– Azadeh Moaveni’s Lipstick Jihad: A Memoir of Growing Up Iranian in America and American in Iran
      – Marjane Satrapi’s Persepolis (1 & 2)


    • 🙂 You’re always welcome to answer any questions people ask here. I think the more knowledge people have about these things, the better.


  20. Here are some books I’m not sure if you know about.

    Velvet Jihad: Muslim Women’s Quiet Resistance to Islamic Fundementalism by Faegheh Shirazi

    Standing Alone in Mecca – I’m sure you’ve heard of Asra Nomani, and she is very controversial obviously. Nonetheless, I enjoyed reading her book.

    Questioning the Veil by Marnia Lazreg – A feminist Muslim critique of veiling

    I am Malala by Malala Yousafzai – has quite a bit of detail on gender in Pakistan


  21. I forgot some, but I have a few more that might be of interest. I love your book list.

    Beyond the Veil by Fatima Mernissi – Explores sexual dynamics in early Islam and in 20th century Morocco. I loved it. Also, “Dreams of Trespass” and “The Harem Within” is actually the same book published under different titles in the UK and the US.

    Feminism and Islamic Fundamentalism: The Limits of Postmodern Analysis by Haideh Moghissi

    Woman’s Identity and the Qur’an: A New Reading by Nimat Hafez Barazangi

    Secular and Islamic Feminist Critiques in the Work of Fatima Mernissi by Raja Rhouni

    Casting off the Veil: The Life of Huda Shaarawi, Egypt’s First Feminist by Sania Sharawi Lanfranchi

    Nazira Zeineddine: A Pioneer of Islamic Feminism by Miriam Cooke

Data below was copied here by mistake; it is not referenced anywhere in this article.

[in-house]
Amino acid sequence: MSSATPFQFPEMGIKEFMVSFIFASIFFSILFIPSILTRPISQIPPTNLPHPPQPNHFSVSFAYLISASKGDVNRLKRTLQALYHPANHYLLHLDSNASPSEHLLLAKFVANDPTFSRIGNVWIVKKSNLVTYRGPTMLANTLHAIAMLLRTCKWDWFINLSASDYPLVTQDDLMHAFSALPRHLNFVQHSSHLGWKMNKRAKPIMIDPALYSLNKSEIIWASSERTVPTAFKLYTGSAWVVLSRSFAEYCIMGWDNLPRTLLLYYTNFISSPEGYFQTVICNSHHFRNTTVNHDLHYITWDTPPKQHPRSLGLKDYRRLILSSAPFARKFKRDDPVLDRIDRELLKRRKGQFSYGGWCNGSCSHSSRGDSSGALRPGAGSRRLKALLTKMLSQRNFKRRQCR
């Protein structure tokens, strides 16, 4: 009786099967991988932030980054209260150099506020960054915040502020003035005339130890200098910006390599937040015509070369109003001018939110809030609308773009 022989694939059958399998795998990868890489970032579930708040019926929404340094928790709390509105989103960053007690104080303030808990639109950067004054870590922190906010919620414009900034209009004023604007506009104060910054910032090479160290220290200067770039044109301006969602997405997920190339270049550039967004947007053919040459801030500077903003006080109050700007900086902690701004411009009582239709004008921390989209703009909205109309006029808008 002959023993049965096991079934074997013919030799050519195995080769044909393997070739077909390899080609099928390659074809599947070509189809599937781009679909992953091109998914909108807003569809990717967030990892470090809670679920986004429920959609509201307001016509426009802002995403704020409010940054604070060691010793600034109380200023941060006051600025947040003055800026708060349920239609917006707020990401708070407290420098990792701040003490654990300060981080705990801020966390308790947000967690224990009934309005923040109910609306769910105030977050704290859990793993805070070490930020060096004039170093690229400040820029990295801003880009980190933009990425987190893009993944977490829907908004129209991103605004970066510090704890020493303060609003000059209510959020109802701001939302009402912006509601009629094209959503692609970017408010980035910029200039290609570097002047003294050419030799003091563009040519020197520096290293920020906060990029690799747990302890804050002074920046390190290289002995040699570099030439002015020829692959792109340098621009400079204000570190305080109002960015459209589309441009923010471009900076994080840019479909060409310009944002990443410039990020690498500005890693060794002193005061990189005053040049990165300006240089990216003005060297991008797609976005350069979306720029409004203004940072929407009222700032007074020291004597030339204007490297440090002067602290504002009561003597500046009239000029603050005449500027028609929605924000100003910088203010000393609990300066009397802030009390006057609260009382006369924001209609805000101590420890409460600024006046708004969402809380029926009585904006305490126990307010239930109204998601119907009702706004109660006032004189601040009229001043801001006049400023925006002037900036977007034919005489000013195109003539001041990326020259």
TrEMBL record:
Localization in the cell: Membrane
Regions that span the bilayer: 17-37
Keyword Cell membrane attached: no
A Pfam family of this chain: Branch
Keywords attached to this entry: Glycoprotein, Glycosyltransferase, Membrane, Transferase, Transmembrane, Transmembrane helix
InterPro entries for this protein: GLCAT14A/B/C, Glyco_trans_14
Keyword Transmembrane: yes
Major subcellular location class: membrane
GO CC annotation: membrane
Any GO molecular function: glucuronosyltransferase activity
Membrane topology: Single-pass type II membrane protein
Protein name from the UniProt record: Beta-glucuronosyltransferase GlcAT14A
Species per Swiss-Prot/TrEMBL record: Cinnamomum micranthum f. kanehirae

Feminist Traditions in Andalusi-Moroccan Oral Narratives by Hasna Lebbady

    Colonial Fantasies: Towards a Feminist Reading of Orientalism by Mayda Yegenoglu

    Sexuality in Muslim Contexts: Restrictions and Resistance by Homa Hoodfar and Anissa Helie

    Islamic Masculinities by Lahoucine Ouzgane

    Women’s Rights and Islamic Family Law: Perspectives on Reform by Lynn Welchman

    My Soul is a Woman: The Feminine in Islam by Annemarie Schimmel

    Encyclopedia of Muhammad’s Women Companions and the Tradition They Related: A Sourcebook for Gender Studies by Laleh Bakhtiar

    I Speak for Myself: American Women on Being Muslim by Maria M Ebrahimji and Zahra T Suratwala

    Living Islam Out Loud by Saleemah Abdul-Ghafur

    Riffat Hassan’s website with her many, many publications


    • Thanks so much! I love your blog and I’m happy to contribute.

      There are some other Asghar Ali Engineer books on women. These include “Rights of Women in Islam” and “The Qur’an, Woman and Modern Society.”

      Then there is:

      Faithfully Feminist: Jewish, Christian and Muslim Women on Why We Stay

      Women and Islam: Myths, Apologies, and the Limits of Feminist Critique by Ibtissam Bouachrine

      One World Publications publishes some nice, liberal Muslim books, and Zed Publisher publishes books on feminism as well.

      Feel free to pick and choose which to post if not all of them are relevant enough. Thanks so much. You’re great. 🙂

      Both of Nadia Abbots books are actually posted freely and legally online.

      I go to college, so I can check my school library to see what books on Muslim women/feminism the school has that aren’t included here yet. I don’t want to trouble you because you must be busy with school.


    • I appreciate the recommendations so much! I’ll list as much of these as possible, and readers can decide for themselves what to read.


  22. This also seems a awesome read: Sultana’s Dream and Selections from the Secluded Ones.

    “Sultana’s Dream was first published in 1905 in a Madras English newspaper, is a witty feminist utopia — a tale of reverse purdah that posits a world in which men are confined indoors and women have taken over the public sphere, ending a war non-violently and restoring health and beauty to the world. The Secluded Ones is a selection of short sketches, first published in Bengali newspapers, illuminating the cruel and comic realities of life in purdah. For course use in: history, Indian literature, South Asian studies, utopian fiction.”


  23. Totally irrelevant, but sometimes I see sometimes in books I get from the college library I find old request slips and receipts, and it makes me a bit happy to see other people reading about Islamic feminism!